Last month’s raid of an Al-Qaeda hideout was deemed by the Yemeni government as an attempt to root out Bin Laden supporters. Upon further inspection, however, it appears as though the attack was largely motivated by economic factors, and in the future Yemen will be relatively powerless to deny Al-Qaeda sanctuary in the country.
Late last month, Yemeni security forces attacked an alleged Al-Qaeda hideout in the Al-Husoun village in Marib province, 125 miles east of the capital, Sanaa. Tanks and helicopters were deployed in the attack, which involved heavy exchanges of gunfire.
Members of the Abida tribe refused to hand over the Al-Qaeda members and fired on the government troops from mountain villages in the region. The resistance led to heavy fighting that included tanks, artillery and machine guns. 22 people were killed in the episode. Three suspects escaped and are presently being hunted in the region along the border with Saudi Arabia.
Prior to the operation, Yemen had been cooperating with American officials in hunting down Bin Laden’s military operation. Yemeni forces, aided by covert US Green Beret commando teams, were probing the eastern Shabwa, Maraib and Al-Jouf provinces. The teams were searching for Al-Qaeda training camps in remote areas of Yemen, which operate under the protection of local tribal leaders.
Ties between Bin Laden and Yemen are strong; the country is the ancestral home of the Al-Qaeda leader. Bin Laden’s father was born in the country’s Hadramout region before moving to Saudi Arabia, and the clan still has relatives there. Moreover, the United States contends that Al-Qaeda was behind the October 2000 attack on the American destroyer USS Cole, in Yemen’s southern port of Aden that killed 17 American sailors.
While Yemeni officials characterized the raid as an attempt to root out Al-Qaeda fighters, the crackdown was more likely directed at combating troublesome tribes in the central provinces, as part of a government attempt to exert control over the economically vital region.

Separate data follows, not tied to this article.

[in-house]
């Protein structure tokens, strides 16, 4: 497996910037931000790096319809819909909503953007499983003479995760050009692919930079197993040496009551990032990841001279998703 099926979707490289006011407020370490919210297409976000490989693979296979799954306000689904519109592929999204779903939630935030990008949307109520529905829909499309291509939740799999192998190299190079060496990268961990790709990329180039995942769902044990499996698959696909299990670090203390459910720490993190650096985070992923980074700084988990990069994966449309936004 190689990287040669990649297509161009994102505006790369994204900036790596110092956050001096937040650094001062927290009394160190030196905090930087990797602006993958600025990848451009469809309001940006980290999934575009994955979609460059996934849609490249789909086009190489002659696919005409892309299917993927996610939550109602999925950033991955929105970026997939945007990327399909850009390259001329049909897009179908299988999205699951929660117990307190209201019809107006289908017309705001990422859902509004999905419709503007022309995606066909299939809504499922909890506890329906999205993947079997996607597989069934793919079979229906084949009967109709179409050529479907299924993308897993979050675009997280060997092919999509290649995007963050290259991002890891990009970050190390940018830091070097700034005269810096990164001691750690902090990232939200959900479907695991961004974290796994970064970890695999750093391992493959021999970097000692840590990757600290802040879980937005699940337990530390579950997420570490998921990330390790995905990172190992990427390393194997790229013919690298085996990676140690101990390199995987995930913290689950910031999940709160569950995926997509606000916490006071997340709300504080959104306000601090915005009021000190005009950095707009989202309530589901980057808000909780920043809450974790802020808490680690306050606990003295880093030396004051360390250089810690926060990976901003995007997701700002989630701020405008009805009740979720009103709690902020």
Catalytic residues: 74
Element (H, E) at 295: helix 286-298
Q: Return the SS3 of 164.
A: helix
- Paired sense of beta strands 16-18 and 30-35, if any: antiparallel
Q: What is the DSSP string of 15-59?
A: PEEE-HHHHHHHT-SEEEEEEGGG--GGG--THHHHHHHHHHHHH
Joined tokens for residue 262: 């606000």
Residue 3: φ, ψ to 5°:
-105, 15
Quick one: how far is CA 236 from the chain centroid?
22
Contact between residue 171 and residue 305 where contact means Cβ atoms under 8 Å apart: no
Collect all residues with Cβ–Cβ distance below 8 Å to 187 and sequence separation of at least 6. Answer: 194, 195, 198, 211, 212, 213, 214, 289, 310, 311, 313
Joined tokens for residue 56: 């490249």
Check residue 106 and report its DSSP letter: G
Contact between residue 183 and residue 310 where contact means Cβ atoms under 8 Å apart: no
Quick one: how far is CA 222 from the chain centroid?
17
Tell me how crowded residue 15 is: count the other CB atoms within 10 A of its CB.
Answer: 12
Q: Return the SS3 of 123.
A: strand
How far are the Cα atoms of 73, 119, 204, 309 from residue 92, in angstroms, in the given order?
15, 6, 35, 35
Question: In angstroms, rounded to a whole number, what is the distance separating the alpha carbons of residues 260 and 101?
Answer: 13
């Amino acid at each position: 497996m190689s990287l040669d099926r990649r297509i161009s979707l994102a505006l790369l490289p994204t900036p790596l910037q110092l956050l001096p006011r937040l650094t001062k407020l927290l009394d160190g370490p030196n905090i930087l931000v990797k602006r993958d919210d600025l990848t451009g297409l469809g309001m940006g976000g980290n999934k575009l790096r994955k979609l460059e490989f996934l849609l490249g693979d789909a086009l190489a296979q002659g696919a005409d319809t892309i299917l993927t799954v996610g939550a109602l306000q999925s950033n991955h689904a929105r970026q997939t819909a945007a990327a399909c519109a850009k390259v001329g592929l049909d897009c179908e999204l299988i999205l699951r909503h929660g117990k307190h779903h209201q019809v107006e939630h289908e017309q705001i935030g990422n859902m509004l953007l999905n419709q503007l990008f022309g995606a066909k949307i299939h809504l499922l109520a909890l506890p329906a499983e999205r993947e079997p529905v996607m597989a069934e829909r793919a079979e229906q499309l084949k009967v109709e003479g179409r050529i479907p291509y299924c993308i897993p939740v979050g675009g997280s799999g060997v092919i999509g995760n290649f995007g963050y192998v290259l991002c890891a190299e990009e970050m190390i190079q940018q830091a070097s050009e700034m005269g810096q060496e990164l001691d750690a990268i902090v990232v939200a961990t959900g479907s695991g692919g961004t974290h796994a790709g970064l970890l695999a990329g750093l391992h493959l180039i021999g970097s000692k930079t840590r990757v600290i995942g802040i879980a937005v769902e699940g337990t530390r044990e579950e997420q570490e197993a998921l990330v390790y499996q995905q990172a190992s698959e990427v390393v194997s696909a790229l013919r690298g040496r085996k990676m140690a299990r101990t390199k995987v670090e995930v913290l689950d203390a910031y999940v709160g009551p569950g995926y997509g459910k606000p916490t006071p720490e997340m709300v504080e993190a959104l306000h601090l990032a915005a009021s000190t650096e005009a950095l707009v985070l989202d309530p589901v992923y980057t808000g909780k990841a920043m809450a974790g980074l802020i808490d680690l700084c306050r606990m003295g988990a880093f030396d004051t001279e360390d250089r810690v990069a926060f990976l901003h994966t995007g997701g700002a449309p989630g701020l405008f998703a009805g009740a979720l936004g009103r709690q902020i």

The Marib province is home to one of Yemen’s largest oilfields and is a main locus of operations for the US-based Hunt Oil Co. The Yemeni government is currently considering offering more incentives to investors in the country’s oil sector.
In addition, Marib Province, home to four powerful tribes with more than 70 branches, has earned a reputation for lawlessness. Since 1990, tribesmen have kidnapped and ransomed more than 100 foreigners who ventured into their territory. Tourists on extreme adventure holidays have been captured and exchanged for government aid, effectively destroying the country’s tourism industry.
Today, such lost tourism revenues would be extremely valuable. Yemen’s budget deficit is expected to triple to $298 million in 2002, with government expenditures rising by six percent and revenues falling by one percent. This projected deficit represents three percent of the country’s Gross Domestic Product (GDP).
Despite what the Yemeni government would like the United States to believe, the country remains an accessible sanctuary for Al-Qaeda. Nevertheless, the image of cooperating in the fight against terror is crucial to Yemen’s financial well-being. The country is due to receive $1.8 billion in grants from the IMF and World Bank to support development projects, and Yemen must avoid at all costs being branded a “terror-sponsoring state.” — (menareport.com)
© 2002 Mena Report (www.menareport.com )